Neely and White Oak principal Becky Balboa are working with the leadership students, while coach Roy Boyett leads the career investigations course, which involves online modules, personality and career survey, question-and-answer sessions with local professionals, job fairs and other work to help students get a head start on planning for high school and beyond.

In the leadership class, the focus is on developing character virtues, personal finance and service projects like a recent luncheon to give thanks to local police and firefighters on September 11, the News-Journal reports.

“I think (the community service project) will help us be more thankful for what they do for us,” eighth-grader Landyn Grant told the news site.

The intent, classmate Dyllon Heist said, is to show “a great respect for what they do.”

Heist told the News-Journal that while he initially signed up for the leadership course to spend time with Landyn, his best friend, the class has ultimately helped him “be a better person.”

“After being in there for a couple of weeks, it was like I’m having fun with Landyn, plus I’m learning,” he said. “(Before the class) I was, like, ‘I’m going to fight everybody,’ but taking the high road’s better. It really taught me to be a better person.”

The approach at White Oak Middle School is similar to “alternative pedagogy” schools in that it provides needed context for moral formation.

David Sikkink, researcher with the Institute for Advanced Studies in Culture, explained how alternative pedagogy schools work in “The Content of Their Character,” a summary of character education in a wide variety of different U.S. high schools.

At alternative pedagogy schools, Sikkink noted “a distinctive organization and distinctive practices and orientations that generated a particular context for student moral and civic formation,” as well as “a fairly explicit understanding of student formation goals, which to a large extent were an outgrowth of an alternative vision of the educational task.”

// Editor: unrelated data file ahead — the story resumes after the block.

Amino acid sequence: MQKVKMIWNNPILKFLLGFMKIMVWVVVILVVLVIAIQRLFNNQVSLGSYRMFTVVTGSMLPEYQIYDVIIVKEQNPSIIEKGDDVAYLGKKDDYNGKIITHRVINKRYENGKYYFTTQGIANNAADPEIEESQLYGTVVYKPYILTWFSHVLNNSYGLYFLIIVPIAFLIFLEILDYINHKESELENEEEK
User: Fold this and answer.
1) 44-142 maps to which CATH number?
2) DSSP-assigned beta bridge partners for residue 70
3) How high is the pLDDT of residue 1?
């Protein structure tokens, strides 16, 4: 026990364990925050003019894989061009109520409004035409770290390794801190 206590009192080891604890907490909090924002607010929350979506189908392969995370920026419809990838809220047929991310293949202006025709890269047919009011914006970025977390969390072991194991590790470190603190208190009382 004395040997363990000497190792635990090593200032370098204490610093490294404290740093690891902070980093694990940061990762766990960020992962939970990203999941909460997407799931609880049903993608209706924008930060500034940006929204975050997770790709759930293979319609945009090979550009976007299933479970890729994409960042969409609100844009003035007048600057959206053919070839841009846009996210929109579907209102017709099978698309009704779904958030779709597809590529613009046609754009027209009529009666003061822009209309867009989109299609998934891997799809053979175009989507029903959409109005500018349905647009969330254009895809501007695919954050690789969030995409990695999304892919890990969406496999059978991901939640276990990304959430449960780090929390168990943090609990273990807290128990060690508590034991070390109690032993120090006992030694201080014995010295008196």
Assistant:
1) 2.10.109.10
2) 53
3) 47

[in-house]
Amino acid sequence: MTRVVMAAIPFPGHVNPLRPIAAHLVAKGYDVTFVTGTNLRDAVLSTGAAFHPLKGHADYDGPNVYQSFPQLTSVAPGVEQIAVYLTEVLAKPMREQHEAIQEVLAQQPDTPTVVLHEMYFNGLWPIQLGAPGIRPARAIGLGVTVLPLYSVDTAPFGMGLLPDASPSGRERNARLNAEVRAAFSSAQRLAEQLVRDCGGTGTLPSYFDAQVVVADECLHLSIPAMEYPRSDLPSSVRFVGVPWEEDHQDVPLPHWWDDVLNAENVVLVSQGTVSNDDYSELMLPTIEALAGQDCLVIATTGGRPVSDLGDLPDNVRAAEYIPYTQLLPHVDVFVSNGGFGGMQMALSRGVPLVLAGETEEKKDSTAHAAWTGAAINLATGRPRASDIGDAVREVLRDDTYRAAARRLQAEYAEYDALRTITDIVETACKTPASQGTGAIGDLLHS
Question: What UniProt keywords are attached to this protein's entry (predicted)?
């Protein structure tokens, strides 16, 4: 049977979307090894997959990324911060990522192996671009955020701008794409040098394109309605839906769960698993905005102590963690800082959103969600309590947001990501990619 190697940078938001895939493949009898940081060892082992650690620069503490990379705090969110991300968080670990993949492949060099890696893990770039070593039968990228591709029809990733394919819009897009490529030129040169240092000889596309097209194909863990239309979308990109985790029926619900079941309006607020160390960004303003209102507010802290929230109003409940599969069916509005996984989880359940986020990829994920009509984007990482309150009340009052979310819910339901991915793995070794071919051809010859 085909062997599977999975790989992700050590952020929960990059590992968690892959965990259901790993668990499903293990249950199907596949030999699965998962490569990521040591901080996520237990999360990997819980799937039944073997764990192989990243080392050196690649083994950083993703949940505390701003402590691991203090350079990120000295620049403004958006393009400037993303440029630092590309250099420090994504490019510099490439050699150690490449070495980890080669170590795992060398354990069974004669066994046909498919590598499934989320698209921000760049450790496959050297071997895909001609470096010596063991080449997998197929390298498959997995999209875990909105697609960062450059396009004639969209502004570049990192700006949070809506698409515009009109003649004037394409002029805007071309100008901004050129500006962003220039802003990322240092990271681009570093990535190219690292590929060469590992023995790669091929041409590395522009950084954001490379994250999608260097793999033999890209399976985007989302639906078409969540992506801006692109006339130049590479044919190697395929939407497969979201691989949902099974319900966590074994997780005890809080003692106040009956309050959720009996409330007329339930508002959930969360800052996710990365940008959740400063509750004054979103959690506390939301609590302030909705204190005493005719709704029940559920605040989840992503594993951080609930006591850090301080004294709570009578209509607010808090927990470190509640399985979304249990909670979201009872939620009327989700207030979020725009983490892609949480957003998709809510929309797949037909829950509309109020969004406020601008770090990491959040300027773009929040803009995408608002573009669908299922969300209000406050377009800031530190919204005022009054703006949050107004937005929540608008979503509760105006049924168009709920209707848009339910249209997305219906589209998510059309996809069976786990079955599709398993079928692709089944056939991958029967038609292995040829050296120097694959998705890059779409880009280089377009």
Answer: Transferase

The Jubilee Center for Character and Virtues provides resources for educators who want to help students develop their own “good sense,” a foundational concept that factors into everything from leadership to college and career planning to community service work.

“Living with ‘good sense’ sets out the ways and means of realizing the good in the down to earth, concrete realities of any given situation,” according to the lesson “An Intellectual Virtue: Good Sense.” “When it is well practiced, it enables suppleness in the face of the complexities of the ethical life. It is the essence of a life well-lived.”


CA high school inducts alumni into ‘Hall of Fame’ to highlight work helping others

A California high school is honoring alumni who are making a positive impact in their communities by inducting them into a Hall of Fame as role models students can look up to.

The Poway High School Alumni Association is hosting a Fame Recognition Dinner in August to induct three former students into its Titan Hall of Fame, a recognition for those who “exemplify the mission, goals and values of school and who have made significant contributions and achievements in academics, business, the arts, community service, public service, science or athletics,” the San Diego Union Tribune reports.

Janice Grimes, class of 1985; Jacqui Marty, class of 1986; and Justin Woodruff, class of 1996, were selected for the Titan Hall of Fame in 2018.

“To receive an honor of this magnitude from your high school, in your hometown, is profoundly humbling,” said Grimes, who now lives in Ohio. “When I received the call from (PHS Alumni Association President) Larry Ott, I was so overwhelmed I cried tears of sincere gratitude. I am deeply proud of my hometown roots and being a part of the Poway High School alumni, class of 1985.”

Grimes founded Quilts of Compassion in 1999 after receiving a quilt from a hospital pastor during a long recovery from a serious car accident, and the nonprofit has since delivered more than 90,000 hand-made quilts to folks suffering in hospitals, nursing homes, homeless shelters and disaster zones in the U.S., Guatemala, Haiti and India, according to the news site.